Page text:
Laura Shannon
Folk Dance – Sacred Dance – Circle Dance – Women's Ritual Dances
Greek Fire: Stand With Greece on Referendum Day

Today's recommended article:
9 myths about the Greek crisis
Sunday, 5 July, 2015

Dear friends of Greece, of democracy and of peace,

We are all waiting to learn the outcome of today's referendum. While we wait, may I invite you to sign this Avaaz petition and stand with Greece on this historic day? It is in German, so I have translated the essential information for you below.

Thank you for your support. And please, if you can, light a candle or dance a Greek dance in solidarity today.

With love and blessings from the cradle of democracy,


This week Greece could be forced to accept oppressive austerity measures or else be ejected from the Euro, with chaotic consequences. However, we can still claim our power to stand strong for social democracy and divert German Chancellor Angela Merkel and the other politicians from the path of austerity, so that the Greek economy can recover. Public opinion is important to the German Chancellor. Therefore let us gather our voices from all over Europe to affirm that people, not banks, must have priority, and to publicise our call in the press. Join us now by signing below where it says 'Unterzeichnen'.

Two facts we must not allow to be forgotten in the discussions: 1, the public spending cuts in Greece have hit the weakest members of society the harder. Four out of ten children live in poverty, infant mortality has risen by 43% and youth unemployment is over 50%. And 2, it was all for nothing. The debt problem has gotten worse, not better. More of Merkel's austerity policies will certainly lead to even greater suffering and even more debt.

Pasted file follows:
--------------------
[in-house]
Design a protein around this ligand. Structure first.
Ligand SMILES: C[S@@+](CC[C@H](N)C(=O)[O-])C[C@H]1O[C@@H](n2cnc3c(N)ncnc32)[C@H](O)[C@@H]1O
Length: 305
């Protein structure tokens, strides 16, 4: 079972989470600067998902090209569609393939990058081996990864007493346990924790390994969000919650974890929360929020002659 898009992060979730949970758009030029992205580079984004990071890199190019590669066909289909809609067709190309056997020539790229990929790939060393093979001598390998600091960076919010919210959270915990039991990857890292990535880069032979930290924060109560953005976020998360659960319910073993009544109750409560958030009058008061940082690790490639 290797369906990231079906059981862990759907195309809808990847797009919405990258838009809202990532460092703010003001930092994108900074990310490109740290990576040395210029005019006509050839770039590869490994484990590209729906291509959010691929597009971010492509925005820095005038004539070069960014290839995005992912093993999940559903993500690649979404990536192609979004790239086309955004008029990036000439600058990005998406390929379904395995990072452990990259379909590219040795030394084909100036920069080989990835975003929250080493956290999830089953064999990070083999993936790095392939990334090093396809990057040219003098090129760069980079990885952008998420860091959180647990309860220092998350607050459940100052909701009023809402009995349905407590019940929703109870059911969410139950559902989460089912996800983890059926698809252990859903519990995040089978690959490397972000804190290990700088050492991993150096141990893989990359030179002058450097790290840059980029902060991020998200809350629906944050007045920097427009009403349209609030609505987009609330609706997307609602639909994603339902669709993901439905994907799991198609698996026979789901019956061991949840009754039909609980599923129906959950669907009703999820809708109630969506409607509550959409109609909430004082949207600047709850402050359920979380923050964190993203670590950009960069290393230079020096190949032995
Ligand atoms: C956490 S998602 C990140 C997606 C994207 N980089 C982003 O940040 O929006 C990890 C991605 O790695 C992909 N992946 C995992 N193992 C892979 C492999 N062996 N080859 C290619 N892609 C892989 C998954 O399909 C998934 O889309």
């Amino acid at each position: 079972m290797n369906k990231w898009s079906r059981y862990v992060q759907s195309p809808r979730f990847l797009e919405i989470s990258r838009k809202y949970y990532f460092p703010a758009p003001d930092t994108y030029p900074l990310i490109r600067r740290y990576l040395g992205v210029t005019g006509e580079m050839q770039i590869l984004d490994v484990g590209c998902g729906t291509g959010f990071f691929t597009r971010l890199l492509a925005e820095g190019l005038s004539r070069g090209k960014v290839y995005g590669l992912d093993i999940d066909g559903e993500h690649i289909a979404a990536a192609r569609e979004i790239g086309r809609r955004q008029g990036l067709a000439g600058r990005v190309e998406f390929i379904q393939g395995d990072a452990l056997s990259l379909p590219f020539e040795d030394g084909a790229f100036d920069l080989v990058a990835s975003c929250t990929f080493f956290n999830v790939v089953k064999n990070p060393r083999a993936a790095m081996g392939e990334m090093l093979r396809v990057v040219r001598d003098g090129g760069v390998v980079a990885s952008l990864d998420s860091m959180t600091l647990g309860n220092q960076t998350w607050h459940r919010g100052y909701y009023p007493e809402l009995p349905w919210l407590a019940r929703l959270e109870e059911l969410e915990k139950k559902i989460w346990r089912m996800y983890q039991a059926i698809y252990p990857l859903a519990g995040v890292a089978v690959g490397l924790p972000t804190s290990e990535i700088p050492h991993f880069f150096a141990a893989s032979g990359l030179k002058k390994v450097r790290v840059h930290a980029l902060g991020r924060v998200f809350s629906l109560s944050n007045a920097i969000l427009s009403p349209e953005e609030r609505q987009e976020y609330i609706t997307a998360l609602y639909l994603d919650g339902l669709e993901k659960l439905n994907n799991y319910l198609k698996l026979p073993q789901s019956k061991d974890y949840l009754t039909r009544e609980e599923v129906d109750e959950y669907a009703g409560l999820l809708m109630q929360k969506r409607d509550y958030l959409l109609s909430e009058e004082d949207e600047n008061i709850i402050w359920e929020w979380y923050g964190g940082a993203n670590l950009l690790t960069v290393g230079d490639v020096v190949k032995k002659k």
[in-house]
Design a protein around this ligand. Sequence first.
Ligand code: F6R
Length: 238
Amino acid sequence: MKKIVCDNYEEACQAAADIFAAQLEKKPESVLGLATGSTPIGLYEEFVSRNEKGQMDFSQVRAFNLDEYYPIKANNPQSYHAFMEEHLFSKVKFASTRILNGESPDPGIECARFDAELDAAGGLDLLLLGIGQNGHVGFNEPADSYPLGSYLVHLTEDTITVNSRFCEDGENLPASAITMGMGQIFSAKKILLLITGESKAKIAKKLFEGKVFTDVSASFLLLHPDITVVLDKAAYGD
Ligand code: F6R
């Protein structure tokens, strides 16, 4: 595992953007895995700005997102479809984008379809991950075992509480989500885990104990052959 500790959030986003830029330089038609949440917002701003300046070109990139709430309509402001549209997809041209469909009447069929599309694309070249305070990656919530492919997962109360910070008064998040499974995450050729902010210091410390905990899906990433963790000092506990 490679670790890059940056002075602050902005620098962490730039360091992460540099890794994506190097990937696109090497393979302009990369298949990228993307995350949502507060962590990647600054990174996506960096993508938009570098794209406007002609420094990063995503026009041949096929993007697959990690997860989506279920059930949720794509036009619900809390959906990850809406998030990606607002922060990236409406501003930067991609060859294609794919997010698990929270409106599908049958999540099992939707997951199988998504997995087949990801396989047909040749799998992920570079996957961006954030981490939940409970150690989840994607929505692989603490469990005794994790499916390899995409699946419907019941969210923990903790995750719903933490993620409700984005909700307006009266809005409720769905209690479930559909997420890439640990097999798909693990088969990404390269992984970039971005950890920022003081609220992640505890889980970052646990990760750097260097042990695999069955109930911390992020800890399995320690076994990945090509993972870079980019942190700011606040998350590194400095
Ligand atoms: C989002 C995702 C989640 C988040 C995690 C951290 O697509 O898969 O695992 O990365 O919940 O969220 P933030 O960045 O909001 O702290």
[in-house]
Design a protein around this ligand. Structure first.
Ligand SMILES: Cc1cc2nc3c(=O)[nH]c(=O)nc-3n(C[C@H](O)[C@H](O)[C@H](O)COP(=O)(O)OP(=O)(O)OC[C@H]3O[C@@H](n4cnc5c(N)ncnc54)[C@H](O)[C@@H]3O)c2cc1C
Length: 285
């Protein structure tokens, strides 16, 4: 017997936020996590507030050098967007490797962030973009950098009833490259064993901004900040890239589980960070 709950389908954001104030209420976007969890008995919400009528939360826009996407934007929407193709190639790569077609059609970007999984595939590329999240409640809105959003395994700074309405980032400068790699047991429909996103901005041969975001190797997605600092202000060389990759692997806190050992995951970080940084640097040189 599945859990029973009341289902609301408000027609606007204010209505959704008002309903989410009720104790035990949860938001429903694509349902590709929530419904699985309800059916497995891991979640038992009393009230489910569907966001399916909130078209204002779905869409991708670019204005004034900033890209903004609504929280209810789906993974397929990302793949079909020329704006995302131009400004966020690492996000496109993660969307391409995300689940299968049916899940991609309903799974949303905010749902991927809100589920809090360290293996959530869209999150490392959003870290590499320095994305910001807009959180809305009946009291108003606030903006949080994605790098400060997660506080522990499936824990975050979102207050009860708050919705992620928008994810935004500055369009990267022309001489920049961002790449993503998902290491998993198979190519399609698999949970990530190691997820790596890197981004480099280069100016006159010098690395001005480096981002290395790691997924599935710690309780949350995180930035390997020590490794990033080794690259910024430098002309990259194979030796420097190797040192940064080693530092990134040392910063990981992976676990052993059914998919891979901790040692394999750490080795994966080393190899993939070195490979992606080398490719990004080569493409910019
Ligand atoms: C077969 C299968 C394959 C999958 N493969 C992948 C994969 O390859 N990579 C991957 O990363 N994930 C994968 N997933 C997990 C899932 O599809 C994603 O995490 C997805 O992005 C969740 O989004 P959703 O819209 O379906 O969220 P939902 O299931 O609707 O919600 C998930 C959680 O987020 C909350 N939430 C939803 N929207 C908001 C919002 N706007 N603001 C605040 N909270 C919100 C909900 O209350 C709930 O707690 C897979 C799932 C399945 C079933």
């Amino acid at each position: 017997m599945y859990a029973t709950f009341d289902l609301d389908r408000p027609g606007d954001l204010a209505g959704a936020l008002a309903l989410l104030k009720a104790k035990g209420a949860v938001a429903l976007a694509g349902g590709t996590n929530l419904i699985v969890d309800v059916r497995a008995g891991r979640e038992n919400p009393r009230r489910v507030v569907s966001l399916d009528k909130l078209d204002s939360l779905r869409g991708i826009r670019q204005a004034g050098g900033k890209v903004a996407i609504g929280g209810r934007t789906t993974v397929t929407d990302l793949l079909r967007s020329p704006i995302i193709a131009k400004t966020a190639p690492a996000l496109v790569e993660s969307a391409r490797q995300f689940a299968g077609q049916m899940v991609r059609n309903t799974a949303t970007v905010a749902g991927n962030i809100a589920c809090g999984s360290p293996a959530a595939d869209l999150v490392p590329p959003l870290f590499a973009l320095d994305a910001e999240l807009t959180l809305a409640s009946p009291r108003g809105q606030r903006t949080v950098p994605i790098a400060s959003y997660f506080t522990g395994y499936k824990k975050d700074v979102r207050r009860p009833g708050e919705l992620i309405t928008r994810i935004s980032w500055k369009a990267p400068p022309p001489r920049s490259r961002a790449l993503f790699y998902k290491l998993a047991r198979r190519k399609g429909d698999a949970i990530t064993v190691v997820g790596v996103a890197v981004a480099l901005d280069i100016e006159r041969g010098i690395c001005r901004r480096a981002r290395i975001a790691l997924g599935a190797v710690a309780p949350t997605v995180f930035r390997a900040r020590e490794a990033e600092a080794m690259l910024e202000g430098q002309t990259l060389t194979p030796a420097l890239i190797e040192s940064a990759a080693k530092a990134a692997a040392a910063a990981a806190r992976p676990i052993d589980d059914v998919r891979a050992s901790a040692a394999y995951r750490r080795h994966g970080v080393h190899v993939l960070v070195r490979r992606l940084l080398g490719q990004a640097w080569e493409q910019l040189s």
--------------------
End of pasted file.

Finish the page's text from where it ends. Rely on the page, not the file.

Nevertheless, Merkel and the creditors want this irresponsible austerity policy to continue. 

However, Angela Merkel does listen to the voice of the people and can be willing to change course in decisive moments if the public demand. After the Fukushima nuclear catastrophe and large protests against nuclear energy, Merkel decided to phase out nuclear power plants in Germany in response to those events.

It's true that political corruption, mismanagement and irresponsible lending practices helped lead to the Greek economic collapse. yet, over 90% of the 'bailout' fund went straight to the foreign banks which had lent money to Greece before the crisis. Greece obeyed the austerity measures and privatised, deregulated, cut pensions and salaries and raised taxes as the troika demanded. However, as many experts predicted, the debt problem was not relieved by any of these measures. Instead, the poorest were made to suffer disproportionately, as the wealthy Greeks had already moved their money out of the country.

This bitter deadlock did not have to lead to the popular vote now confronting the people with a difficult choice. Many economists and important decisionmakers are united in the opinion that a debt conference with the aim of restructuring and reduction of the Greek debt offers the only possibility for the Greek economy to catch its breath and recover enough to pay back the rest of the debt within a sustainable time frame.

Now we have a small window of time in which to show Merkel and the other politicians that the world is united in supporting a clear 'NO" to these failed austerity measures. Please join us now to 
bring about a decisive change in policy, so that humans and not banks have priority in society. 

Sign now at:

With love and blessings from the cradle of democracy,



Diese Woche könnte Griechenland gezwungen werden, erdrückende Sparmaßnahmen zu akzeptieren oder aus dem Euro auszutreten - mit chaotischen Folgen. Doch wir können uns jetzt für eine soziale Demokratie starkmachen und Merkel und andere Politiker von ihrem Sparkurs abbringen, damit sich Griechenlands Wirtschaft erholen kann. Der Kanzlerin ist die öffentliche Meinung wichtig. Fordern wir mit Stimmen aus ganz Europa, dass Menschen und nicht Banken an erster Stelle stehen, und verbreiten wir unseren Aufruf in der Presse. Machen Sie jetzt mit: